Skip to content
A future we can win

A future we can win

When it comes to the climate, the news is rarely good. A prolonged drought has left many European rivers at lows not seen for 500 years, China’s record-breaking heatwave finally abated in some places, only for the rains that followed to lead to mass evacuations, and more than 1100 people in Pakistan have been killed in devastating monsoon rains that have left one-third of the country under water. And despite these ever-increasing disasters, we still see high-income countries like Canada blocking treaties to protect our oceans and delivering climate plans that don’t address the root causes of the crisis or provide a real pathway forward. 

It’s critical to “tell the truth about the severity of the crisis and the measures necessary to combat it,” and that can mean eco-grief and eco-anxiety, real phenomena that impact our ability to function and to fight the battle at hand. We can combat that despair with hope – none of it has come easy, but there have been wins in the fight against climate change, and if we can continue to organize, there are more wins in the future. 

A just transition is winnable.

When we’re consistently up against powerful fossil fuel corporations and governments that subsidize fossil fuels and put fighting for pipelines ahead of fighting for a livable future, it’s easy to lose hope that we can ever win. But while we can never underestimate the formidable opponents we’re up against, or the work that remains to be done, progress towards a just transition for all workers has been made in Canada and around the world. 

The Council of Canadians, and its members and chapters have participated in and contributed to many of these wins, from our years-long campaign against the Energy East pipeline to joining in protests against Keystone XL in Washington to our ongoing Flood Parliament campaign, which has seen our members and supporters apply sustained pressure to MPs to pass just transition legislation. We’re proud of the work we – and you – have done to fight for a just and sustainable future and to build people power across Canada.  

Win! At the community level 

The fight for a Green New Deal – a radically transformative social project that recognizes and addresses the enormity of the climate crisis and the economic and social injustices that preceded and accompany it – is still ongoing at a federal level, but at least 15 communities in Canada, the United States, and the United Kingdom have tabled or implemented Green New Deals on a municipal level. These local wins are huge, especially in Canada, where municipalities have control over 44 per cent of emissions in the country.  

Win! At Keystone XL 

Despite the attempts of the Alberta government, the Keystone XL pipeline is officially dead (RIP). Although more work needs to be done to ensure that when fossil fuel projects like Keystone are crushed, workers aren’t crushed with it, the death of Keystone XL was a monumental victory, and a result that was never a given. It took more than a decade of protests, legal battles, and immense pressure to put a stop to the pipeline.  


And the end of Keystone wasn’t the only win against fossil fuel companies to take place in Canada in the past couple of years. In January 2022, BP and Equinor formally abandoned their remaining offshore exploration leases in Mi’kma’ki (Nova Scotia), leaving no active offshore oil and gas projects in the province. It was a hard-won victory that took place after years of sustained efforts from Mi’kmaq land and water protectors, the Council of Canadians, and the Campaign to Protect Offshore Nova Scotia. This was the final victory in a years-long fight that included the end of the Goldboro LNG pipeline and the Alton Gas natural gas storage project.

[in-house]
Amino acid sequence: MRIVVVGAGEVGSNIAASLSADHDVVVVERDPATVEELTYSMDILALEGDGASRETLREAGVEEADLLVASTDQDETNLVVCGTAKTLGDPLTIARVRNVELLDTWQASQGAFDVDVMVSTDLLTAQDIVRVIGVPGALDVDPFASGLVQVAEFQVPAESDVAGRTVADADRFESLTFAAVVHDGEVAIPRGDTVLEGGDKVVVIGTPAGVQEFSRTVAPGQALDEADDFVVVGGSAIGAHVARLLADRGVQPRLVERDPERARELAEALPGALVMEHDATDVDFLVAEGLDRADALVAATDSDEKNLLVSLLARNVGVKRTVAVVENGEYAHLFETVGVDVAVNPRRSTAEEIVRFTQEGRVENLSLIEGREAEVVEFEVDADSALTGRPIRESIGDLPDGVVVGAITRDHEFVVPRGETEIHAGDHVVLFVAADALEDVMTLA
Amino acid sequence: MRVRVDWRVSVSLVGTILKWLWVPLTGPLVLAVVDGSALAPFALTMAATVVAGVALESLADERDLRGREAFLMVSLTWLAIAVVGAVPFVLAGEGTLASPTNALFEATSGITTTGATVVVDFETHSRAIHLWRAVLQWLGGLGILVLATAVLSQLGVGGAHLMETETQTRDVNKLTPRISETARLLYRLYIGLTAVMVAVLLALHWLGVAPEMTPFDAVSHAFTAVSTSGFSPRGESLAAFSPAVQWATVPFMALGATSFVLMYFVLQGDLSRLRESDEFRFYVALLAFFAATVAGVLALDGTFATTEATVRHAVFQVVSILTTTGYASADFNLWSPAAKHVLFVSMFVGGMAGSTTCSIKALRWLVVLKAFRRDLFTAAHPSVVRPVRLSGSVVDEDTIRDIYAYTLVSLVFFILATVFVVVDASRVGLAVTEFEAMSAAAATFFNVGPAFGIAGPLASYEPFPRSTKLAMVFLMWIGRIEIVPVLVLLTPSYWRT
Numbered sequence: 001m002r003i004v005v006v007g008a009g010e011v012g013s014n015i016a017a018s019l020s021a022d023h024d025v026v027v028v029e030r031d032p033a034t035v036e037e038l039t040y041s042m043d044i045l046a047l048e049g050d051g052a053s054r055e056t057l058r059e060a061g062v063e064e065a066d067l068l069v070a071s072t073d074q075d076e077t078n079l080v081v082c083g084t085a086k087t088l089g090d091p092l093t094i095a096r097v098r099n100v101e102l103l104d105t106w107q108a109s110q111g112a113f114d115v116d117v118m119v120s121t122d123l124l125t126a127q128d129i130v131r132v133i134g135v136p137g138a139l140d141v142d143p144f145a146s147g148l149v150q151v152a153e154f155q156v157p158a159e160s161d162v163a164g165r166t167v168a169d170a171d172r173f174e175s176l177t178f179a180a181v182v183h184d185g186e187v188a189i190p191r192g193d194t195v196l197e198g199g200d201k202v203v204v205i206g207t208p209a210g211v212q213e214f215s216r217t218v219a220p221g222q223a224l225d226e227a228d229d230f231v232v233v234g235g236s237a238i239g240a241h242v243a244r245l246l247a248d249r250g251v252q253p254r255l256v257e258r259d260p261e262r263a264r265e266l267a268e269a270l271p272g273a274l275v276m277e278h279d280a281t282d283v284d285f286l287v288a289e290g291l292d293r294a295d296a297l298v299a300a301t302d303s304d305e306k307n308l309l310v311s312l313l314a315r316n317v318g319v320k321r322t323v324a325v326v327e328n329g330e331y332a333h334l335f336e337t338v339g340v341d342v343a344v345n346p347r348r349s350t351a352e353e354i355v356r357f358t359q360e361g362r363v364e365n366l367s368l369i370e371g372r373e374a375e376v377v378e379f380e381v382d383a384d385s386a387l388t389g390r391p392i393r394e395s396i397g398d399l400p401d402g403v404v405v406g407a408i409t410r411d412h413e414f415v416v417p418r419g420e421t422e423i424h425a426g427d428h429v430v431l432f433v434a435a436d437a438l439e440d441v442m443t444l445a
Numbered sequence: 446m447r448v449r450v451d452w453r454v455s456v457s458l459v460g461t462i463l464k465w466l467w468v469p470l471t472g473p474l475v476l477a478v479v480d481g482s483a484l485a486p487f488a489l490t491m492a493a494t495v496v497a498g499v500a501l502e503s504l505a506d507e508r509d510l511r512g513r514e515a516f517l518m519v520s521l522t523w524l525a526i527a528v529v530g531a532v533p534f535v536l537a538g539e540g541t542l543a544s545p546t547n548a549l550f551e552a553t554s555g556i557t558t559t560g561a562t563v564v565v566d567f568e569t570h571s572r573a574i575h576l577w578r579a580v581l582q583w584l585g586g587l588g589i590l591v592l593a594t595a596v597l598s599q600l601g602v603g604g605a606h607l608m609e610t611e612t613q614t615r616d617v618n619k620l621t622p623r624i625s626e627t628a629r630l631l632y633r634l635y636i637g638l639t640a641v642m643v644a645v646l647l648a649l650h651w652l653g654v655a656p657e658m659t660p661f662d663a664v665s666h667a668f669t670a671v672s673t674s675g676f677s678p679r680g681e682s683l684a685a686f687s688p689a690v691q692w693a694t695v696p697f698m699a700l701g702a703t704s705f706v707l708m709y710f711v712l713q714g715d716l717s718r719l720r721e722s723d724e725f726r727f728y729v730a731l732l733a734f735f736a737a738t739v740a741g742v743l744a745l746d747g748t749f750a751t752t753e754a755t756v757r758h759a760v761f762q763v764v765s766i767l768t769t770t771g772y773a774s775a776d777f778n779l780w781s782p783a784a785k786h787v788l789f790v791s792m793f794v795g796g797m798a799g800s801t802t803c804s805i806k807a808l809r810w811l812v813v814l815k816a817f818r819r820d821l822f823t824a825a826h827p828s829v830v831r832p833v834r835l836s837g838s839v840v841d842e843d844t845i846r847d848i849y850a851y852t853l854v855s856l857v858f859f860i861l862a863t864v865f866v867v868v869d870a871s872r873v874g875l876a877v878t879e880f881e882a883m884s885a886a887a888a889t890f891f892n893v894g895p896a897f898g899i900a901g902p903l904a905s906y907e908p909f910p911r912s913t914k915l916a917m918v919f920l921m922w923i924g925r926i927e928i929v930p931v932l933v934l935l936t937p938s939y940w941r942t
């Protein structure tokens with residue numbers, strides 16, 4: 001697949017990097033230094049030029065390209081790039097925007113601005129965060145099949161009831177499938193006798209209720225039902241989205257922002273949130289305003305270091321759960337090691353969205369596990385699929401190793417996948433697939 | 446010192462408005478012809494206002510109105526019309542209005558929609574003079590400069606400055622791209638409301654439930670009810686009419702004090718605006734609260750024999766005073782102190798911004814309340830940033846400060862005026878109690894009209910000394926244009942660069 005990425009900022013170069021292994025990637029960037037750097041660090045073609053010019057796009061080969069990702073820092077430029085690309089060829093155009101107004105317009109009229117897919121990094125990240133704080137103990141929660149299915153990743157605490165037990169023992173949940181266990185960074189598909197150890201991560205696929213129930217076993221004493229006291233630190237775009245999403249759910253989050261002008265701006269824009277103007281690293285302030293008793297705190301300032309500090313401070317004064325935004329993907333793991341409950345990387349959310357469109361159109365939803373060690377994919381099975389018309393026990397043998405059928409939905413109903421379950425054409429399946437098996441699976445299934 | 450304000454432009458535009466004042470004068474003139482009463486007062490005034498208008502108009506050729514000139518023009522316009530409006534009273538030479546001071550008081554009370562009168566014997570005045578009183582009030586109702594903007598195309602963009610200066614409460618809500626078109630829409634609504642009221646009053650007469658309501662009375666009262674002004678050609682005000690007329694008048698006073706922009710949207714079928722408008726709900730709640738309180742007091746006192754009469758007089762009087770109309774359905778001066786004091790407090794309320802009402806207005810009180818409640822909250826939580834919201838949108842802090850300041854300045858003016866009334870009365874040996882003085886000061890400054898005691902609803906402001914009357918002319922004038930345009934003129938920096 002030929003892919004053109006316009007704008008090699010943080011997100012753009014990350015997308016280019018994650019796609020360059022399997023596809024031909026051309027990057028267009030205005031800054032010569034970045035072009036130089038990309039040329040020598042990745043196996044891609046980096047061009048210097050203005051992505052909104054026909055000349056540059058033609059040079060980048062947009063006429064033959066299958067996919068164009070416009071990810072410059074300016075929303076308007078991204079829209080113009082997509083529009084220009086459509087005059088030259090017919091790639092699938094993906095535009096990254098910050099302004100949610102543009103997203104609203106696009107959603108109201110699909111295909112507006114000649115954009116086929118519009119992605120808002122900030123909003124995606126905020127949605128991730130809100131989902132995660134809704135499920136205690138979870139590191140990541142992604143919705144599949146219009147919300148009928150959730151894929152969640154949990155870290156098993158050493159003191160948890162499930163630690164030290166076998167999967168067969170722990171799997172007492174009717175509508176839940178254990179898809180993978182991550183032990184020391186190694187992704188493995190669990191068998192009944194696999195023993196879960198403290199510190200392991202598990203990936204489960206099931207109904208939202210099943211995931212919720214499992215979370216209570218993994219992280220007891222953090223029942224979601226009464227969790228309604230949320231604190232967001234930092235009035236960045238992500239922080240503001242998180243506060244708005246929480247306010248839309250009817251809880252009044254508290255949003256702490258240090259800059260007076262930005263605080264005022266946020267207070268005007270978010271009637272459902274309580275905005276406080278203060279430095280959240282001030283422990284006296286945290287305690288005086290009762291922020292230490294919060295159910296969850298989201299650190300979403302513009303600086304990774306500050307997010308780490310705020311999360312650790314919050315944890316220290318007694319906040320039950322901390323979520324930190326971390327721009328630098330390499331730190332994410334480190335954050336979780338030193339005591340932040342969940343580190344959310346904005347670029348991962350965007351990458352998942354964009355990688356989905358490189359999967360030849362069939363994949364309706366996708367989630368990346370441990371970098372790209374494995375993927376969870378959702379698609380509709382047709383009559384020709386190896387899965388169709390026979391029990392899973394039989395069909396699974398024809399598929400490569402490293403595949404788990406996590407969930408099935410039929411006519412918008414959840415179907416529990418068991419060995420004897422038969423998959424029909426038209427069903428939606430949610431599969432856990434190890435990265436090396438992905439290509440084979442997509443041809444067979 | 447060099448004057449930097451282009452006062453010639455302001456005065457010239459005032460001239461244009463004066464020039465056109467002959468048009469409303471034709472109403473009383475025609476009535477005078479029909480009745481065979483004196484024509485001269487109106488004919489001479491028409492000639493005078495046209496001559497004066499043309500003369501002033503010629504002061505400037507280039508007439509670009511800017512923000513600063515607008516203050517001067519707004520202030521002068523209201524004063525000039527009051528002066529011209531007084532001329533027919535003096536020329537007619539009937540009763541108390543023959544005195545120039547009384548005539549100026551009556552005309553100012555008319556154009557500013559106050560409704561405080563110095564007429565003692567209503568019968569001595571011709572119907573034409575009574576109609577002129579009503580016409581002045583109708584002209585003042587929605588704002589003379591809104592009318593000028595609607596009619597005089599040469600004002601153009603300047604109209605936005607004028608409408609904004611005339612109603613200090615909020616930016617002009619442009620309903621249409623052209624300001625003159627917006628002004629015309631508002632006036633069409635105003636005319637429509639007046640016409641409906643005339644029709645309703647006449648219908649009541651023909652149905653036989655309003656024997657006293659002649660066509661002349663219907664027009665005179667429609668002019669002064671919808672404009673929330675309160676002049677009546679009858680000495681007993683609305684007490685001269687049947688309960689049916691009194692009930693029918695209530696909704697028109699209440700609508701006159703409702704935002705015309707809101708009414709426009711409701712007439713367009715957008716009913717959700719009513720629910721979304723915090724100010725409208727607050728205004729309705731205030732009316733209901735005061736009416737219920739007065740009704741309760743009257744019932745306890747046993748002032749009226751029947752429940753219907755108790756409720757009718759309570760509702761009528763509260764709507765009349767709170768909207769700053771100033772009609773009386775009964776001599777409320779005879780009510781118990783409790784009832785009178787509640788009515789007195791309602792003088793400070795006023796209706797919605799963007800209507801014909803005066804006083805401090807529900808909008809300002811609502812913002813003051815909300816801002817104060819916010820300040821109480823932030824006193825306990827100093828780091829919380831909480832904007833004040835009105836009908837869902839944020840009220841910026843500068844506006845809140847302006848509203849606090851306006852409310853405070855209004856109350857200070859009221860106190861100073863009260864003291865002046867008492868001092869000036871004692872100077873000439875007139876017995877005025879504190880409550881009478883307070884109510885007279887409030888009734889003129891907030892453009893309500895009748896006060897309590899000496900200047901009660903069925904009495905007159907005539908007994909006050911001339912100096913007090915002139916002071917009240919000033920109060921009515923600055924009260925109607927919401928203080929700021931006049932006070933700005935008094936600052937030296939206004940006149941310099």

Win! At the institution 

There has been a growing international movement to pressure universities, pension funds, and other institutions to divest from fossil fuels. Canadian institutions that have committed to divest from fossil fuels include, but aren’t limited to, Laval University, Concordia University, the Universities of British Columbia, Ottawa, Victoria, Toronto, and Waterloo, the Canadian Medical Association, numerous faith-based organizations, and, of course, the Council of Canadians. According to the Global Fossil Fuel Commitments Database, more than 1500 organizations have fully or partially divested from fossil fuels to date.  


There have been precedent-setting legal victories, too.  

In March 2021, the Supreme Court of Canada ruled that the federal government’s carbon pricing plan was constitutional, preventing the provinces from opting out of a federal climate plan. It was an important legal victory, one that saw the Supreme Court acknowledge that climate change is real and “poses a grave threat” to our future on this planet. And outside Canada, climate lawsuits have been ramping up against governments and fossil fuel companies, revealing a pathway to accountability that may hold much promise. 

What these wins have in common is that they came after many years of hard work, of organizing across communities, and pressuring governments and institutions to do the right thing. They took sustained effort – and in many cases, they require continued efforts to ensure the powerful are held accountable and don’t back out of their commitments. These wins are important, both in and of themselves as progress towards a just and sustainable future, and for what they symbolize. They show us that when we organize together and work in community with each other, we can fight – and we can win.

Alex Birrell

Alex Birrell is one of the Council of Canadians Communications Officers, specializing in Research and Analysis.

Make a donation to help realize the better Canada we want and know is possible!